Rise in Chinese microbloggers to 274m
CHINA HAS the world’s largest number of microbloggers, with 274 million people owning accounts, government data has shown.
Online commentators have embraced the platform for everything from idle gossip to tough political comment.
The country is the world’s top microblogging nation, even though Twitter, the most popular platform, is banned in China. Facebook, YouTube and other social networks are also forbidden.
There has been a sharp increase from 2010, when there were 63 million microbloggers, according to the report, which was compiled by a team of experts at the Chinese Academy of Social Sciences.
“Social networks have begun to set the agenda of public opinion and affected public emotions in some incidents, such as the high-speed train crash near Wenzhou, in east China’s Zhejiang province, in July last year,” the report said.
“Governments have realised the influence of social networks and put more effort into working with them,” it continued, adding that there was a need for a national strategy to develop and manage new media.
The most popular microblog site in China is Sina Weibo, which has more than 300 million members and accounts for more than half of all microblog users. A message on Sina Weibo is made up of 140 characters or fewer. In Chinese, a character is a word or at least half a word, so this can represent quite a long message.
Sina Weibo has been under pressure this year to stop providing a platform for comment on the case of purged former Chongqing party boss Bo Xilai. He is expected to go to trial soon ahead of a once-in-a-decade leadership transition, while his wife, Gu Kailai, has been given a suspended death sentence for her part in the murder of British businessman Neil Heywood.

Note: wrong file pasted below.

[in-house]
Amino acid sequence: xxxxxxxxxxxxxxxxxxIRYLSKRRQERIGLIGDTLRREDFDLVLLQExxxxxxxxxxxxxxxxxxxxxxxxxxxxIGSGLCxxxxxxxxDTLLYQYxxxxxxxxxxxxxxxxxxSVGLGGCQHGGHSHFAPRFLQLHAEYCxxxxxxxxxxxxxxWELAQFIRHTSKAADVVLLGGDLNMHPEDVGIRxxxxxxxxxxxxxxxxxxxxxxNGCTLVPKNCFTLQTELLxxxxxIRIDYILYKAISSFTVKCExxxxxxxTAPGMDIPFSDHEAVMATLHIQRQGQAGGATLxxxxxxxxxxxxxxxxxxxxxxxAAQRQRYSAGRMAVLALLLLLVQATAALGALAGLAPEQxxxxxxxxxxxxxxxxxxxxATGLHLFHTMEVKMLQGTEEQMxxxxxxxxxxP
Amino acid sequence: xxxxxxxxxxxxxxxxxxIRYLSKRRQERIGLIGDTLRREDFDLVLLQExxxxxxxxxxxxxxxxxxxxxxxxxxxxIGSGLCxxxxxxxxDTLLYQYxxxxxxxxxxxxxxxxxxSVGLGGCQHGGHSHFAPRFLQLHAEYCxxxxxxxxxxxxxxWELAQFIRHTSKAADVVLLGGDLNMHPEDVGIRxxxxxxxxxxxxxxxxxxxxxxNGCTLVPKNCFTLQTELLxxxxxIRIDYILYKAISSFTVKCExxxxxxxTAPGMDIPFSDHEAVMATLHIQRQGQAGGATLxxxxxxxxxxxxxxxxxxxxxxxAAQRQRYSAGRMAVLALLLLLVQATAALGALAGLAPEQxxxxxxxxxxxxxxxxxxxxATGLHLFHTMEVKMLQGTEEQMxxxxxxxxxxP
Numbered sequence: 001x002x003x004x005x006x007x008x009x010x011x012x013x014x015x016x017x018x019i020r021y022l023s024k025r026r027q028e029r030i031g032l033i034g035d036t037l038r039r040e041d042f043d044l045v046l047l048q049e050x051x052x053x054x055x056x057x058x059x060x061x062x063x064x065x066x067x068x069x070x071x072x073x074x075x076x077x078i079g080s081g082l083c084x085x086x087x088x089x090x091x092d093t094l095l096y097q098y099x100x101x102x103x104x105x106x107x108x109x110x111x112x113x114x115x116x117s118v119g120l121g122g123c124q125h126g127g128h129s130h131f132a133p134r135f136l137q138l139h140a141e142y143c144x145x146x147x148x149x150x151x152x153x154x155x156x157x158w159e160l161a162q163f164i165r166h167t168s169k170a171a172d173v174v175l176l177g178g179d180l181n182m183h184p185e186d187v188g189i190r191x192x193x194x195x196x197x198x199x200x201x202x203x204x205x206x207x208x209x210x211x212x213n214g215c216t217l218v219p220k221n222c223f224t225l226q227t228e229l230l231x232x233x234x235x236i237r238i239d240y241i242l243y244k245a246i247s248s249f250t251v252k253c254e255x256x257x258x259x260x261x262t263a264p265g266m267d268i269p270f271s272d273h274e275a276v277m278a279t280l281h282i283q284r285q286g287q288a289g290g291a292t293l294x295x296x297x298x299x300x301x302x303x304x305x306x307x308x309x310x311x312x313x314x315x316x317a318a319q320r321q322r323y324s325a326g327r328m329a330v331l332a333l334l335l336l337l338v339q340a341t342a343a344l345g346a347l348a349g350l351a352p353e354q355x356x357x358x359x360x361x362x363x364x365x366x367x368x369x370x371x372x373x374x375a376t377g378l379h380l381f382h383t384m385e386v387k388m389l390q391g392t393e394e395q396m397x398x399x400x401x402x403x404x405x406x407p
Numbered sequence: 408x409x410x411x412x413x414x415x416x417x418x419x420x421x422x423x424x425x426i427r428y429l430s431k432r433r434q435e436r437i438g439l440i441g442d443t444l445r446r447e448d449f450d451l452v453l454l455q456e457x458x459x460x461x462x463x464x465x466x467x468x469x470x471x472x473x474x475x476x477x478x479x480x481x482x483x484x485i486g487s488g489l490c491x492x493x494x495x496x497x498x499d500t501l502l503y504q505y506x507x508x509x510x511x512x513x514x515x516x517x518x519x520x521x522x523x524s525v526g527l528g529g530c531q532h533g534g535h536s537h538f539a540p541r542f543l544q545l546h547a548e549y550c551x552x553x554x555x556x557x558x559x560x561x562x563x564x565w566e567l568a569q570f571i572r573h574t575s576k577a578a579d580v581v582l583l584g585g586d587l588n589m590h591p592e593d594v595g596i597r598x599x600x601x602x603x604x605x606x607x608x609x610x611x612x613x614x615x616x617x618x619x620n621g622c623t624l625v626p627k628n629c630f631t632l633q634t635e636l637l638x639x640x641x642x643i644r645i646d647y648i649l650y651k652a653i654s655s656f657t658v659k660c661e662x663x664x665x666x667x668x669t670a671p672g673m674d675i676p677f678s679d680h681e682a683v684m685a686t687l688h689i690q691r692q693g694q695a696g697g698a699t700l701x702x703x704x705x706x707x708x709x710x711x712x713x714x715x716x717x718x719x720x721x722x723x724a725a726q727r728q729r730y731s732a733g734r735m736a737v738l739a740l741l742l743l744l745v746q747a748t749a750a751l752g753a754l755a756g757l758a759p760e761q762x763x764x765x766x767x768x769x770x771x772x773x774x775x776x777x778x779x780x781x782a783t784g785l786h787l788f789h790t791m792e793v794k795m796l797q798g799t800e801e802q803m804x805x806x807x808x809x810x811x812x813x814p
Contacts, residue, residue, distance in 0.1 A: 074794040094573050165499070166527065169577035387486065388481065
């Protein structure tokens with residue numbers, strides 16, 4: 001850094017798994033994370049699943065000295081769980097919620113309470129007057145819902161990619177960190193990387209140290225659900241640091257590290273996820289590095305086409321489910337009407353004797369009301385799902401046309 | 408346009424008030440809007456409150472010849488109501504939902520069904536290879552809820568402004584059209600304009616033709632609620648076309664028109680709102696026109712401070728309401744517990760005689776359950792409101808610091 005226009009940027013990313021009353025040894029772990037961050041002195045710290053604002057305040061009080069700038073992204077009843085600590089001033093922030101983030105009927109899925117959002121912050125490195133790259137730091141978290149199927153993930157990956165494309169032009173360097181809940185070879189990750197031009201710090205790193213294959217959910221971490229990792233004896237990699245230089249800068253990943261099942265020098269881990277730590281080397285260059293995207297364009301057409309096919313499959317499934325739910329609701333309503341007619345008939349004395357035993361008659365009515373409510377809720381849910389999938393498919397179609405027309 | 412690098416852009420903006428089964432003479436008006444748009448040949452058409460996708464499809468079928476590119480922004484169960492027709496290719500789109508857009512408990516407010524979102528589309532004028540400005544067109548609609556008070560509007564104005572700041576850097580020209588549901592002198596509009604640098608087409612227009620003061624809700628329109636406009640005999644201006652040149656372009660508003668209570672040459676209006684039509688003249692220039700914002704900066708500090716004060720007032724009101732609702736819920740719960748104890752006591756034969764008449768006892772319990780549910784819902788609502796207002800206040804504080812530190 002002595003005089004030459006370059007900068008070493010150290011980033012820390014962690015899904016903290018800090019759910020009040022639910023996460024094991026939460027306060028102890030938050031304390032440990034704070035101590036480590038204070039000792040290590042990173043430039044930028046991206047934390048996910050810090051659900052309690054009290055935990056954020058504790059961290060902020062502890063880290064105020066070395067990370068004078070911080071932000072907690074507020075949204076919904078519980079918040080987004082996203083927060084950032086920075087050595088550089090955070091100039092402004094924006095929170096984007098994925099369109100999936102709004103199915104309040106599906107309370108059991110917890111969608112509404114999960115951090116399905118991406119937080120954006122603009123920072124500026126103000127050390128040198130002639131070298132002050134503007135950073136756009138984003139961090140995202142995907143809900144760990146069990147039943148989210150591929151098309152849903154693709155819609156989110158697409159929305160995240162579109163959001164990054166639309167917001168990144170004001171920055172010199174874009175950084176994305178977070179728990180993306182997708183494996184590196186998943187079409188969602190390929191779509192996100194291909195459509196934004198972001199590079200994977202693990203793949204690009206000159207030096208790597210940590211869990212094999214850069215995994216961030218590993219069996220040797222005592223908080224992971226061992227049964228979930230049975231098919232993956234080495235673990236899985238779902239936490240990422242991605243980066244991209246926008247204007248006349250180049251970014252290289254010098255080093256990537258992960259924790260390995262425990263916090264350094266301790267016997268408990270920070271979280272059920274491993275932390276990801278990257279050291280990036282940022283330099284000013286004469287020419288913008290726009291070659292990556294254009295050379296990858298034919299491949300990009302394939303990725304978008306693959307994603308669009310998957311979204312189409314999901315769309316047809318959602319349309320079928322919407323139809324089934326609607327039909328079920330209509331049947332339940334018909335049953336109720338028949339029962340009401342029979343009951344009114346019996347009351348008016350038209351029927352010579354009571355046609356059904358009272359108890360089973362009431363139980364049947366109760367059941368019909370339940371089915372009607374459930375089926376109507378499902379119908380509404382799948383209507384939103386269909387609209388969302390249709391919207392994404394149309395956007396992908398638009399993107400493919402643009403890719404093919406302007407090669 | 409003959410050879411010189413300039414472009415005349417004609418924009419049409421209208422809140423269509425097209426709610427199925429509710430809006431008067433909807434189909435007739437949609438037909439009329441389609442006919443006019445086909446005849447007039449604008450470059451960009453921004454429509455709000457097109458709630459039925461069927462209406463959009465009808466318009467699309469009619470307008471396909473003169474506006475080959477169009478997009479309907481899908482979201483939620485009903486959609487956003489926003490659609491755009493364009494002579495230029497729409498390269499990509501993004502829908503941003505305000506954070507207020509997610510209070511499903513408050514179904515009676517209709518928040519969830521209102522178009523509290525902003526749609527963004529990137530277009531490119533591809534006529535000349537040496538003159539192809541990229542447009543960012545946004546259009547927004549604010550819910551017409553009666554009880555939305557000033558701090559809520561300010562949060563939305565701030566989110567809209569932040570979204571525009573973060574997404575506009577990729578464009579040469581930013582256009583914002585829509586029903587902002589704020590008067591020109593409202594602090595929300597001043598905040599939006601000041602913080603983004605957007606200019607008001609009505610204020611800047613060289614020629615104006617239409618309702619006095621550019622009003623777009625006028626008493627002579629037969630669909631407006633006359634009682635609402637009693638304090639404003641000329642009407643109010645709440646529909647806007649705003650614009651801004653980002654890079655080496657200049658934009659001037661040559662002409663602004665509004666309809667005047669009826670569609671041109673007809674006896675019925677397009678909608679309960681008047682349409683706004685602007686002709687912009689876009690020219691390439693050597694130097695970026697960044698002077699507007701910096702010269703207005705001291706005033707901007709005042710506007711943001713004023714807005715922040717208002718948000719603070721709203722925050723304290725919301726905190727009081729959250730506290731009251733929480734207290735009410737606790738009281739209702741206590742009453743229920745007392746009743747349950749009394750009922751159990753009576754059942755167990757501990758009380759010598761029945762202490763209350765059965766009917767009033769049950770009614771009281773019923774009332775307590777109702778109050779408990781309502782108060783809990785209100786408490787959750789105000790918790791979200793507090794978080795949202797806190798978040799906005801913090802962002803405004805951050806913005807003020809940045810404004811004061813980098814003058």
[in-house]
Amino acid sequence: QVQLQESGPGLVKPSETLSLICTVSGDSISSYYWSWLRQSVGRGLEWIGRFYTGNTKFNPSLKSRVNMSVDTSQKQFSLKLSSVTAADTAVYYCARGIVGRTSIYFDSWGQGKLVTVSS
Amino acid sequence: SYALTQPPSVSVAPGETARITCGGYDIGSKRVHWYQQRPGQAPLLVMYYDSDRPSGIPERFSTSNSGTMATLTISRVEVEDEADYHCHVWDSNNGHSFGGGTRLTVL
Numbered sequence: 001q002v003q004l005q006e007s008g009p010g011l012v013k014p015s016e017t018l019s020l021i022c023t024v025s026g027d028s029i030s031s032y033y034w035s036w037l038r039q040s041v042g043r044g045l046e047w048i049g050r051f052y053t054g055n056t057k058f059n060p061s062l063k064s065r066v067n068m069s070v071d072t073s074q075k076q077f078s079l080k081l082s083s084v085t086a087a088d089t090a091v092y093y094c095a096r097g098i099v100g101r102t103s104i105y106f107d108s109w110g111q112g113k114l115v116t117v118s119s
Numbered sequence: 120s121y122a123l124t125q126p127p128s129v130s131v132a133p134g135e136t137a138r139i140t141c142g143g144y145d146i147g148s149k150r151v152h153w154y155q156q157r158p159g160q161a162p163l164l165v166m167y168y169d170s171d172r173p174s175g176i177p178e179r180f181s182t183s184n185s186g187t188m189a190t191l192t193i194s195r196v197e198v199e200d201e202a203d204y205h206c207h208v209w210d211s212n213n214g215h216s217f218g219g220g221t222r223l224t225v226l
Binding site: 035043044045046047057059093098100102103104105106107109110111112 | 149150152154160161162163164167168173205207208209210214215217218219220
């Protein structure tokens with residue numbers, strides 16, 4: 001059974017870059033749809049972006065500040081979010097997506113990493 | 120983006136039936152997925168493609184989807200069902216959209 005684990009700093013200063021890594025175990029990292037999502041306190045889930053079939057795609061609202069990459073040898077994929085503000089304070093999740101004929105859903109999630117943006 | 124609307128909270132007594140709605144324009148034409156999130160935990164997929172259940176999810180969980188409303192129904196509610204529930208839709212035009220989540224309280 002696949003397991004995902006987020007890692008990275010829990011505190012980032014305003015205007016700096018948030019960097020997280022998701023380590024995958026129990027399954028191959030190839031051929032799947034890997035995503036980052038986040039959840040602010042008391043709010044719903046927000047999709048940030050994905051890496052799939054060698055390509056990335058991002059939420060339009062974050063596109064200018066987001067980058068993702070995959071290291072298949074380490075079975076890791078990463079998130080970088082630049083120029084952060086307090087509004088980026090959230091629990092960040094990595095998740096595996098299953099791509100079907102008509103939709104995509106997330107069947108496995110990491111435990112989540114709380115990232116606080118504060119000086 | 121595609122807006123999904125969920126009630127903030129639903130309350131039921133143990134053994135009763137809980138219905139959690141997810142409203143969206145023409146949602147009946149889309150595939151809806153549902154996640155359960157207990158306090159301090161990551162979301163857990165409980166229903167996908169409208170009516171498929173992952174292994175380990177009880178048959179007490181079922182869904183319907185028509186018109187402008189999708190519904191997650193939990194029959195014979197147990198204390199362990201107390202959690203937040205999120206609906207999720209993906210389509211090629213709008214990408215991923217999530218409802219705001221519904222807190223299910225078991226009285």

Sina Weibo has become a platform that allows Chinese citizens to monitor and criticise the government in ways that would not have seemed possible before, and about 100 million messages are posted on Sina Weibo every day.
While Beijing is more than happy to enjoy the educational and business benefits of the internet, it fears its potential to spread criticism of communist rule. It is fighting a tough battle, however.
Besides microblogging, instant messaging is also popular with Chinese people and has overtaken the use of search engines, music and news as the most popular online application, the report said. It added that about 415 million Chinese use instant message applications.
The government previously introduced rules to keep tabs on Sina Weibo, such as forcing users to use their own names rather than nicknames or avatars. In May it added a penalty points system of blocks to the internet control system, famously referred to as the Great Firewall of China, to prevent the use of Sina Weibo for controversial posts.
Data in July showed China’s internet population continues to rise, despite blocks on traffic, with an increase of 11 per cent from last year to 538 million. This means four out of 10 Chinese can access the internet. It is estimated that by 2015 China will have more than 800 million internet users.